Appellant brought suit to recover damages for injuries that she sustained when she drove her automobile into and over a painted concrete curb. The curb divided two adjacent parking lots, one of which belonged to appellee Richardson and the other to appellee Cox. This appeal is from the trial court's grant of summary judgment in favor of both appellees.
By appellant's own testimony, even though her vision had been unobstructed, she never saw the curb over which she drove her car. However, appellant also testified that, had she in fact been looking for the curb, she probably would have seen it. "[W]here [an obstruction] is perfectly obvious and apparent, so that one looking ahead would necessarily see it, the fact that the plaintiff merely failed to look will not relieve him from the responsibility for his misadventure." Moore v. Kroger Co., 87 Ga. App. 581
, 583 (74 SE2d 481
) (1953). It is appellant's assertion that the curb was not obvious and apparent to her and, because there was nothing which drew her specific attention to the obstacle, she simply failed to see it. However, a "cement separator" serving as "a divider or property boundary or the perimeter of various landscaping located upon [a] parking lot. . . can be anticipated by persons traversing a parking lot and . . . the maintenance of these structures does not constitute negligence." McHugh v. Trust Co. of Ga., 102 Ga. App. 412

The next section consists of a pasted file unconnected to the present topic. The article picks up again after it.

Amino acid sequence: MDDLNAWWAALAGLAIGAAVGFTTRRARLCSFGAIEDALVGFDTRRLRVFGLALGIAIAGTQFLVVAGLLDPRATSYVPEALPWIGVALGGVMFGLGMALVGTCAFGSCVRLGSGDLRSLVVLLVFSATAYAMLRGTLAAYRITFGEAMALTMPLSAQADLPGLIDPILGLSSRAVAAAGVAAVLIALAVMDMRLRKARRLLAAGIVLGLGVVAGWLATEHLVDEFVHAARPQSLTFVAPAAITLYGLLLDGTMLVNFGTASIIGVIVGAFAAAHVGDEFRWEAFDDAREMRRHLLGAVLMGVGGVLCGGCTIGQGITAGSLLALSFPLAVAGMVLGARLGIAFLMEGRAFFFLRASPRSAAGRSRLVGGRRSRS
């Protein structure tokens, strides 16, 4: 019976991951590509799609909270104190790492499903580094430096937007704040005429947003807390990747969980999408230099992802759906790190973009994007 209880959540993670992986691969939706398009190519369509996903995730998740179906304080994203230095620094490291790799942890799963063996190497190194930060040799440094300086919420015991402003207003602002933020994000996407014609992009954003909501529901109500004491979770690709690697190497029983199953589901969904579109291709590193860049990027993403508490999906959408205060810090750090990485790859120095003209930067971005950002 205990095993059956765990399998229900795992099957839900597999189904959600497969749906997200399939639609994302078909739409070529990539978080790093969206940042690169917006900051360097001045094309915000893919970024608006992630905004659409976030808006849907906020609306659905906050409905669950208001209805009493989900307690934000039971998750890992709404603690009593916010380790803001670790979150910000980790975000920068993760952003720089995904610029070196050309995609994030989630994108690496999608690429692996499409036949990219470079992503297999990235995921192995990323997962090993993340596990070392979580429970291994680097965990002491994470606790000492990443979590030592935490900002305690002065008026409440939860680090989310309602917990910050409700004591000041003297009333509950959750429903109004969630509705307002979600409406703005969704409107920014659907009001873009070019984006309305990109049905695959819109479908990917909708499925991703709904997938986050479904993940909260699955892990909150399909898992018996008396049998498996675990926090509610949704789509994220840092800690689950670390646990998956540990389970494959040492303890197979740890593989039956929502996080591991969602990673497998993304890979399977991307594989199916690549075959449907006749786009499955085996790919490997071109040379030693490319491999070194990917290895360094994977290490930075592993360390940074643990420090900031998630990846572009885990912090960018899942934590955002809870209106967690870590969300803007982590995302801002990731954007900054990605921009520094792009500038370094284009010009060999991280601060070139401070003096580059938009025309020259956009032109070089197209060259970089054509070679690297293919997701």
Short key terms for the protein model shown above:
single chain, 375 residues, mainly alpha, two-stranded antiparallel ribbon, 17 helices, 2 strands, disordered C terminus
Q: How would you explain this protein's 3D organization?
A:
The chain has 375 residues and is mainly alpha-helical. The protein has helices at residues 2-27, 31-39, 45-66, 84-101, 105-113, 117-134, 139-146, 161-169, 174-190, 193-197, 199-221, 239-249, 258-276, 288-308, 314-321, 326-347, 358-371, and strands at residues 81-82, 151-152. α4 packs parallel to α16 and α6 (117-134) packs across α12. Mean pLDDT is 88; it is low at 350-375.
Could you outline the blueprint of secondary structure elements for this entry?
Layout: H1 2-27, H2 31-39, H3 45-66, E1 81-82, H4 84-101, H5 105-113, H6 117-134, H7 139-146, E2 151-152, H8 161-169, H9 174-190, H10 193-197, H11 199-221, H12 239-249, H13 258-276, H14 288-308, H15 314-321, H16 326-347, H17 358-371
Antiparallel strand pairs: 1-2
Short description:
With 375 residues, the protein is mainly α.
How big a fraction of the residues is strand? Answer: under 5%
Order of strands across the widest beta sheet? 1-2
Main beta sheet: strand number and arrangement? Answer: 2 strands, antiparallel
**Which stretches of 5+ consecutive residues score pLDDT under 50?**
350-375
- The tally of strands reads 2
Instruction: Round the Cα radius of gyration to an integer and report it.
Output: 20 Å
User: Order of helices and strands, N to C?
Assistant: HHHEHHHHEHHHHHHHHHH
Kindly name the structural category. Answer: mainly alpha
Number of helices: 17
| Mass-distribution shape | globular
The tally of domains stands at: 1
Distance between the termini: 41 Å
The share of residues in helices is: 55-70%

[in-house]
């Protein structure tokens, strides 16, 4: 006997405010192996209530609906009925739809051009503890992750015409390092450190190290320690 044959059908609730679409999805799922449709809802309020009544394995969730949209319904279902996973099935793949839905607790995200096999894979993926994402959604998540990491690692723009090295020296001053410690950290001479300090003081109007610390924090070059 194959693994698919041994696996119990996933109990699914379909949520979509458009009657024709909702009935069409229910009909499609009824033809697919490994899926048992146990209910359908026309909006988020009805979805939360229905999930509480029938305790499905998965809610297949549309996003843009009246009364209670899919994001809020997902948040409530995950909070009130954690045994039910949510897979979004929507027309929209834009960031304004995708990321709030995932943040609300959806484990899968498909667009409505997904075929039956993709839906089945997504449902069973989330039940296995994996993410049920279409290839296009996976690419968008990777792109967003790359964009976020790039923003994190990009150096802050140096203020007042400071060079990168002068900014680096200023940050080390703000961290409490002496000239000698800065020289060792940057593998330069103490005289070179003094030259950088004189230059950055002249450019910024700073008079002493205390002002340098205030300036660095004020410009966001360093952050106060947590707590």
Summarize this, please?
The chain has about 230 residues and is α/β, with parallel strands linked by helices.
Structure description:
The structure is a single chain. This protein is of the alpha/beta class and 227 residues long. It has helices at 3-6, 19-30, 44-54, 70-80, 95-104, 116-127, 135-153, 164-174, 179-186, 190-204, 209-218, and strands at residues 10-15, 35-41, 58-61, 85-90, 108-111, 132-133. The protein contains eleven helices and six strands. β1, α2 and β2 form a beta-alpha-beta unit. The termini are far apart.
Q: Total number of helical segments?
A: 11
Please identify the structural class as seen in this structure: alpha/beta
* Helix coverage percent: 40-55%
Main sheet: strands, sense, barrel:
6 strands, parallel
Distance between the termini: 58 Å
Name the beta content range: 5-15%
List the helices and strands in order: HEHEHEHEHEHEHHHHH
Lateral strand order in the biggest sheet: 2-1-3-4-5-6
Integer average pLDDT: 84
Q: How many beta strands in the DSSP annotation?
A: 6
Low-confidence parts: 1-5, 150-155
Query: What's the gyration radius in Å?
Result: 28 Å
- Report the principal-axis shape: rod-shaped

, 413 (116 SE2d 512
) (1960). "It follows that there is a duty on the part of parking lot users to anticipate the presence of parking dividers, day or night. [Cit.]" Carmichael v. Timothy, 104 Ga. App. 16
, 18 (120 SE2d 814
) (1961). This would be especially true where, as here, the parking lot user elected to follow what was her own "short cut" rather than to avail herself of a usual and available route for exit. See Townsend v. Central Parking, 118 Ga. App. 538 (164 SE2d 287) (1968)
The undisputed evidence shows that, for purely personal reasons, appellant became "distracted" by an event which was in no way connected with appellees. Because of this "distraction," she voluntarily determined to exit the parking lot by a "short cut" which was entirely of her own choosing. She did this without so much as anticipating that, in so doing, she might encounter and should therefore guard against the possibility of running her car over a curb or other concrete divider. Compare Bell v. Abercorn Toyota, 175 Ga. App. 668 (333 SE2d 880) (1985)
(while walking across a roadway in a normal fashion, plaintiff fell over an unpainted raised speedbreaker, which she had failed to see as the result of defendant's alleged distraction and despite having taken the initial precaution of looking "down as she approached. . . .") Under this state of the evidence, no genuine issue of material fact remained as to appellees' liability for the occurrence and the trial court did not err in granting summary judgment in their favor. See generally McMullan v. Kroger Co., 84 Ga. App. 195 (65 SE2d 420) (1951)
; McHugh v. Trust Co. of Ga., supra; Sanders v. Jefferson Furniture Co., 111 Ga. App. 59 (140 SE2d 550) (1965)
; Town Central Parking, supra.
A. Rowland Dye, Jeffrey S. Gilbert, Patrick J. Rice, Beverly B. Carter, for appellees.